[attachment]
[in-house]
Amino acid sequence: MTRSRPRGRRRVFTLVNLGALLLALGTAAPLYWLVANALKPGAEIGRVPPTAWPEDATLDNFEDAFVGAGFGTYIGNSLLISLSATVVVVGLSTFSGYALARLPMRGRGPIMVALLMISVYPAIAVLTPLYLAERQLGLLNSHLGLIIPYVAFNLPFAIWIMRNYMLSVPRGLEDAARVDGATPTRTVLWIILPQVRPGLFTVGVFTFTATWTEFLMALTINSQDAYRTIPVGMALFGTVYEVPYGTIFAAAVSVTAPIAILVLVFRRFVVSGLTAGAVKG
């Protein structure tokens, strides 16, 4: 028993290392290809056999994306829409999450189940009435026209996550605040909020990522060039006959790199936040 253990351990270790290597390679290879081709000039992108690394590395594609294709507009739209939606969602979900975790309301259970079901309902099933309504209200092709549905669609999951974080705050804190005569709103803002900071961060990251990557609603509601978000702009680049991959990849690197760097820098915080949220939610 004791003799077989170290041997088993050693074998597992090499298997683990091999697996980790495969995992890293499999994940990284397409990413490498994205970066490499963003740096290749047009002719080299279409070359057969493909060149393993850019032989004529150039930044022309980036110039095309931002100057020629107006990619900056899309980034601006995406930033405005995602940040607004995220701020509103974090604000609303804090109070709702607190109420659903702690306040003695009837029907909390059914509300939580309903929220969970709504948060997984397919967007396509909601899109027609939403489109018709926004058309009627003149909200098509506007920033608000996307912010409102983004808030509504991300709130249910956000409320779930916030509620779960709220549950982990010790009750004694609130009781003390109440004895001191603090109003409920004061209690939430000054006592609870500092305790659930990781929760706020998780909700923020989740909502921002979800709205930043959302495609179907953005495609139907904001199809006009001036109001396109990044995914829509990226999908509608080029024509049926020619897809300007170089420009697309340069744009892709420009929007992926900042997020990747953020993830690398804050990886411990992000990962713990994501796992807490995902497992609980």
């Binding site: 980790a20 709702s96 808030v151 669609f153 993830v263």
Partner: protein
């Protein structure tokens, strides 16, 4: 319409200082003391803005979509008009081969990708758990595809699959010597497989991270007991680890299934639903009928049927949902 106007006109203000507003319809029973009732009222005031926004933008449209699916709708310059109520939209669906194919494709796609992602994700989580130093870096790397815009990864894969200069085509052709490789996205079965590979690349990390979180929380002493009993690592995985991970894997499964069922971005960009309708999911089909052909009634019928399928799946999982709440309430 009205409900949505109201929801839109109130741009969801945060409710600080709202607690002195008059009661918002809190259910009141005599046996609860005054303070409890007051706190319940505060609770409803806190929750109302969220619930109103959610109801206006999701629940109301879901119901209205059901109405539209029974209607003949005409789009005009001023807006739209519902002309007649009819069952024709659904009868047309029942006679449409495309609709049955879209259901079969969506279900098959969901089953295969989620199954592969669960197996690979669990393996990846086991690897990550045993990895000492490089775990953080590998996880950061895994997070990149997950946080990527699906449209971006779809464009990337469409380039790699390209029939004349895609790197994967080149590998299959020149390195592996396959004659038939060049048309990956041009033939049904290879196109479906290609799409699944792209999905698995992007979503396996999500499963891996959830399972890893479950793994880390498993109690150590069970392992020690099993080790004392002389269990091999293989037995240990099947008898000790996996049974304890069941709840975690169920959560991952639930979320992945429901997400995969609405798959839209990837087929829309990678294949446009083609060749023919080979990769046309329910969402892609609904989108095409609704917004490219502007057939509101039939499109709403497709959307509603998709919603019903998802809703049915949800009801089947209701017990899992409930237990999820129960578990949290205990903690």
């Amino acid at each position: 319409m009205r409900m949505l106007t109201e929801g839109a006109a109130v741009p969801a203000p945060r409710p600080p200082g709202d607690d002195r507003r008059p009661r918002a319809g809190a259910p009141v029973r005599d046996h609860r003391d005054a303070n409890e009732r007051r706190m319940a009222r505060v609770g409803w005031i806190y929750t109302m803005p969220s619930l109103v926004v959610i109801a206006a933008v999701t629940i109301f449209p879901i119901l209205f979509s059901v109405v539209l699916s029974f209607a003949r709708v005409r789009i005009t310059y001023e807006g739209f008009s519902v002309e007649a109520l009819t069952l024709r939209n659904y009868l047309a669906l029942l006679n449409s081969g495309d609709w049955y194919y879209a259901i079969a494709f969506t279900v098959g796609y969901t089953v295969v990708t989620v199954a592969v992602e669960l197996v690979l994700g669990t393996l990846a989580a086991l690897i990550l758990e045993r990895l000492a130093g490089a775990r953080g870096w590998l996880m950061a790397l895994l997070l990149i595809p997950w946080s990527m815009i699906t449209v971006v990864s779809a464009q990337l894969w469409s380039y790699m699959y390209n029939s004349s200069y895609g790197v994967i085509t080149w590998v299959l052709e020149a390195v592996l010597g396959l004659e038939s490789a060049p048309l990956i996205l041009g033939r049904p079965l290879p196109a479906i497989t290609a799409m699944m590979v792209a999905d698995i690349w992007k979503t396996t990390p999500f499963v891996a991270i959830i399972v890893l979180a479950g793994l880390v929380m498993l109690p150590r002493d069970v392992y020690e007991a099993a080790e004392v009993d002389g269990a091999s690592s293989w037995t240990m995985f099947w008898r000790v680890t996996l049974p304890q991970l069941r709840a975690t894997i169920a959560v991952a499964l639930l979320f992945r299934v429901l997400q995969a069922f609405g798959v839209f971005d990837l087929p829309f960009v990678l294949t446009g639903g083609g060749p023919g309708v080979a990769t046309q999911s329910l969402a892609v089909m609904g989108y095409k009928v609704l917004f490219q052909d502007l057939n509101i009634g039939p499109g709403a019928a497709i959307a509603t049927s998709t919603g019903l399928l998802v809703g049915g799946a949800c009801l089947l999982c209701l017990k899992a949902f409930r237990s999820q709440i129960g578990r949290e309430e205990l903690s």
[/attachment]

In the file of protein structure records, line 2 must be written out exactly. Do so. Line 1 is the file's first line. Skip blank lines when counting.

Amino acid sequence: MTRSRPRGRRRVFTLVNLGALLLALGTAAPLYWLVANALKPGAEIGRVPPTAWPEDATLDNFEDAFVGAGFGTYIGNSLLISLSATVVVVGLSTFSGYALARLPMRGRGPIMVALLMISVYPAIAVLTPLYLAERQLGLLNSHLGLIIPYVAFNLPFAIWIMRNYMLSVPRGLEDAARVDGATPTRTVLWIILPQVRPGLFTVGVFTFTATWTEFLMALTINSQDAYRTIPVGMALFGTVYEVPYGTIFAAAVSVTAPIAILVLVFRRFVVSGLTAGAVKG